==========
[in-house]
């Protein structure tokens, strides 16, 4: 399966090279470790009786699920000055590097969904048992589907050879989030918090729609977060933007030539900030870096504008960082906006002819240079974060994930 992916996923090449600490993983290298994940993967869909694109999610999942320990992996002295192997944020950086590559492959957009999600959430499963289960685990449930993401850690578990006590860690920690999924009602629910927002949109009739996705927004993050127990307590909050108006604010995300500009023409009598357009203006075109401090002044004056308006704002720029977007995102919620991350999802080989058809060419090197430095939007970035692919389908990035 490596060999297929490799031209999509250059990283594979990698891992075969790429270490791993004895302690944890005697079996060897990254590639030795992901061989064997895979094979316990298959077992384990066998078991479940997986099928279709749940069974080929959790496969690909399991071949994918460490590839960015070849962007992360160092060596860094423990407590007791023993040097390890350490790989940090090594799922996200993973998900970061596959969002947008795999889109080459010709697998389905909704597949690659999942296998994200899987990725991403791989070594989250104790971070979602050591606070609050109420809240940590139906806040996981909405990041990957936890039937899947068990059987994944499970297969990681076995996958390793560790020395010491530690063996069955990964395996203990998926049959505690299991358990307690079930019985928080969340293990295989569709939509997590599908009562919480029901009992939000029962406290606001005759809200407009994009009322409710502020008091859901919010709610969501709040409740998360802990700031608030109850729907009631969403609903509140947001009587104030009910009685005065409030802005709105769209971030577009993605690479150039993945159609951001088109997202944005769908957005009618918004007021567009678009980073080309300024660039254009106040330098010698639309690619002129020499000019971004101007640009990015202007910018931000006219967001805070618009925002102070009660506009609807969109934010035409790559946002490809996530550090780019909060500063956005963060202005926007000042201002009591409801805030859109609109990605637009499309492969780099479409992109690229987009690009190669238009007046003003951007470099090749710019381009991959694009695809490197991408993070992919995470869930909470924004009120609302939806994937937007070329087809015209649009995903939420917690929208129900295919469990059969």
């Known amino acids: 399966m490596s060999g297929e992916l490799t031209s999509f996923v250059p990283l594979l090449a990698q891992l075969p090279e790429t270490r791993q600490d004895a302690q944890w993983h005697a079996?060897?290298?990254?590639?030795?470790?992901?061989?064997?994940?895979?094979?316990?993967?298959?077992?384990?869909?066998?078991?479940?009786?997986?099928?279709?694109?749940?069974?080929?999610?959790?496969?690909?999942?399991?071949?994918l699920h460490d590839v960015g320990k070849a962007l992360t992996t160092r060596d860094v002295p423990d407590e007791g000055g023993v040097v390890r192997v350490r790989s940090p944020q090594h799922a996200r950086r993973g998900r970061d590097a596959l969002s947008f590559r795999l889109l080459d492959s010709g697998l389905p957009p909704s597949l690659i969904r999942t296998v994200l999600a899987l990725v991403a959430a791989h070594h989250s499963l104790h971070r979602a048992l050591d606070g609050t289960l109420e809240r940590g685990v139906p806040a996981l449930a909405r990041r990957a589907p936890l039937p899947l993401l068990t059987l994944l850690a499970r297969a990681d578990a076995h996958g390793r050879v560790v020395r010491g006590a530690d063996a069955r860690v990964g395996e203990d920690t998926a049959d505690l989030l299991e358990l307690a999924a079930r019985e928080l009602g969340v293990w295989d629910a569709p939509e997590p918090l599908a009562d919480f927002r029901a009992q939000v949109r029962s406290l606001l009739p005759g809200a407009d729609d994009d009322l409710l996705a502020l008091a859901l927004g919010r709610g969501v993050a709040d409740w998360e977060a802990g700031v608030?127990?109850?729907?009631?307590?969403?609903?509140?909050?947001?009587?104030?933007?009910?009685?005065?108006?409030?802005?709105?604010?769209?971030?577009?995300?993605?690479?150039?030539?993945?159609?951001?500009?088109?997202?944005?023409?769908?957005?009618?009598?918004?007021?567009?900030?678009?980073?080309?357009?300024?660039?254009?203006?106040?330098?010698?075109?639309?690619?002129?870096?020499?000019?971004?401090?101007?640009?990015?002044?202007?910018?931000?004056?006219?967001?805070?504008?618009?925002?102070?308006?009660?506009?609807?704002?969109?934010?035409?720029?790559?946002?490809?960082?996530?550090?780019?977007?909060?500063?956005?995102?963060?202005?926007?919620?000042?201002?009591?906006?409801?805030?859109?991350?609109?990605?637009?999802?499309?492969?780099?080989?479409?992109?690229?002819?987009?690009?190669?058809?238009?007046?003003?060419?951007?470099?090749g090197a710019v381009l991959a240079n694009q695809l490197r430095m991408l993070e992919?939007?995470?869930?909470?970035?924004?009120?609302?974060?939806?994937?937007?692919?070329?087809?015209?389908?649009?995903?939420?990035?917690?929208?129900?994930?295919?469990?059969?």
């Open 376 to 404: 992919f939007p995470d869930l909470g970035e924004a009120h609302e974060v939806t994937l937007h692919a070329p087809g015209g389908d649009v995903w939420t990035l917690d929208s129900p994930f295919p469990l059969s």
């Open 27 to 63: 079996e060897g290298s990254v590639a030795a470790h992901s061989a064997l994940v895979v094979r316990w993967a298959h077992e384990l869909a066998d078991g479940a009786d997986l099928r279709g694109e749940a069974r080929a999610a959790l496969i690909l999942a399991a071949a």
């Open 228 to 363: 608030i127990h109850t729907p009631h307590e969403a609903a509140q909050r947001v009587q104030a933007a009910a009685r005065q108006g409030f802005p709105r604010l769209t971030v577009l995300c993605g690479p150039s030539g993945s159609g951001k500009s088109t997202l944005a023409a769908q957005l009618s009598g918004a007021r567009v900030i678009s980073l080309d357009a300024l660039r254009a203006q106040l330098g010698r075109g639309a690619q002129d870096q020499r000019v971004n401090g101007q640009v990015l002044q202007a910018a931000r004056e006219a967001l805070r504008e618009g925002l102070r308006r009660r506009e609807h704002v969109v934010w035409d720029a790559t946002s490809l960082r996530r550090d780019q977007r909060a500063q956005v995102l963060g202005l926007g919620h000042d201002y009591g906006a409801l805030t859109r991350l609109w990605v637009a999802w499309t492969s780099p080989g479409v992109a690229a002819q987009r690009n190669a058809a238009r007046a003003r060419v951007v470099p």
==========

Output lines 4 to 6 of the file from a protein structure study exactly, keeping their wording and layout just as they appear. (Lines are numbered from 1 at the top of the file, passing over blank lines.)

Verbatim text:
């Open 376 to 404: 992919f939007p995470d869930l909470g970035e924004a009120h609302e974060v939806t994937l937007h692919a070329p087809g015209g389908d649009v995903w939420t990035l917690d929208s129900p994930f295919p469990l059969s």
């Open 27 to 63: 079996e060897g290298s990254v590639a030795a470790h992901s061989a064997l994940v895979v094979r316990w993967a298959h077992e384990l869909a066998d078991g479940a009786d997986l099928r279709g694109e749940a069974r080929a999610a959790l496969i690909l999942a399991a071949a």
């Open 228 to 363: 608030i127990h109850t729907p009631h307590e969403a609903a509140q909050r947001v009587q104030a933007a009910a009685r005065q108006g409030f802005p709105r604010l769209t971030v577009l995300c993605g690479p150039s030539g993945s159609g951001k500009s088109t997202l944005a023409a769908q957005l009618s009598g918004a007021r567009v900030i678009s980073l080309d357009a300024l660039r254009a203006q106040l330098g010698r075109g639309a690619q002129d870096q020499r000019v971004n401090g101007q640009v990015l002044q202007a910018a931000r004056e006219a967001l805070r504008e618009g925002l102070r308006r009660r506009e609807h704002v969109v934010w035409d720029a790559t946002s490809l960082r996530r550090d780019q977007r909060a500063q956005v995102l963060g202005l926007g919620h000042d201002y009591g906006a409801l805030t859109r991350l609109w990605v637009a999802w499309t492969s780099p080989g479409v992109a690229a002819q987009r690009n190669a058809a238009r007046a003003r060419v951007v470099p």